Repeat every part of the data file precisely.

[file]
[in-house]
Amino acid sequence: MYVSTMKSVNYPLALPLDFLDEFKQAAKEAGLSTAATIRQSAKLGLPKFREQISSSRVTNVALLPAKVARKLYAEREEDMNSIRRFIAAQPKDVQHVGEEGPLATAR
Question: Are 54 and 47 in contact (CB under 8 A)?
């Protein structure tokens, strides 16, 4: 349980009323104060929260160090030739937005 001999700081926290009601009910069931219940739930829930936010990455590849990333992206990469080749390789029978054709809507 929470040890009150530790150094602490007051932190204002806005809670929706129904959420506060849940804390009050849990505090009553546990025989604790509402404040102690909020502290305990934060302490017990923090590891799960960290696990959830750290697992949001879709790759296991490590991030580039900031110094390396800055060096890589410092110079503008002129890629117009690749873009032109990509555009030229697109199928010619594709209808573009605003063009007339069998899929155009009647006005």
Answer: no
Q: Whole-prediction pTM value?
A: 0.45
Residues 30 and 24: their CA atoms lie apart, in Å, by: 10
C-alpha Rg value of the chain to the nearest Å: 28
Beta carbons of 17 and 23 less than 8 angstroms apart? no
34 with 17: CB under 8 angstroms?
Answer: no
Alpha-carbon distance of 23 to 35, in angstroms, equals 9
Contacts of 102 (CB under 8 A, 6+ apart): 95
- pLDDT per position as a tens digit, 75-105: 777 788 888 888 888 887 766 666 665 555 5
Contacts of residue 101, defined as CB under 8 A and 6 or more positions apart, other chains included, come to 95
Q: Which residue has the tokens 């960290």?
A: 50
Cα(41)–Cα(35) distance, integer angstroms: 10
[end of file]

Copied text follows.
[in-house]
Amino acid sequence: MYVSTMKSVNYPLALPLDFLDEFKQAAKEAGLSTAATIRQSAKLGLPKFREQISSSRVTNVALLPAKVARKLYAEREEDMNSIRRFIAAQPKDVQHVGEEGPLATAR
Question: Are 54 and 47 in contact (CB under 8 A)?
């Protein structure tokens, strides 16, 4: 349980009323104060929260160090030739937005 001999700081926290009601009910069931219940739930829930936010990455590849990333992206990469080749390789029978054709809507 929470040890009150530790150094602490007051932190204002806005809670929706129904959420506060849940804390009050849990505090009553546990025989604790509402404040102690909020502290305990934060302490017990923090590891799960960290696990959830750290697992949001879709790759296991490590991030580039900031110094390396800055060096890589410092110079503008002129890629117009690749873009032109990509555009030229697109199928010619594709209808573009605003063009007339069998899929155009009647006005």
Answer: no
Q: Whole-prediction pTM value?
A: 0.45
Residues 30 and 24: their CA atoms lie apart, in Å, by: 10
C-alpha Rg value of the chain to the nearest Å: 28
Beta carbons of 17 and 23 less than 8 angstroms apart? no
34 with 17: CB under 8 angstroms?
Answer: no
Alpha-carbon distance of 23 to 35, in angstroms, equals 9
Contacts of 102 (CB under 8 A, 6+ apart): 95
- pLDDT per position as a tens digit, 75-105: 777 788 888 888 888 887 766 666 665 555 5
Contacts of residue 101, defined as CB under 8 A and 6 or more positions apart, other chains included, come to 95
Q: Which residue has the tokens 């960290």?
A: 50
Cα(41)–Cα(35) distance, integer angstroms: 10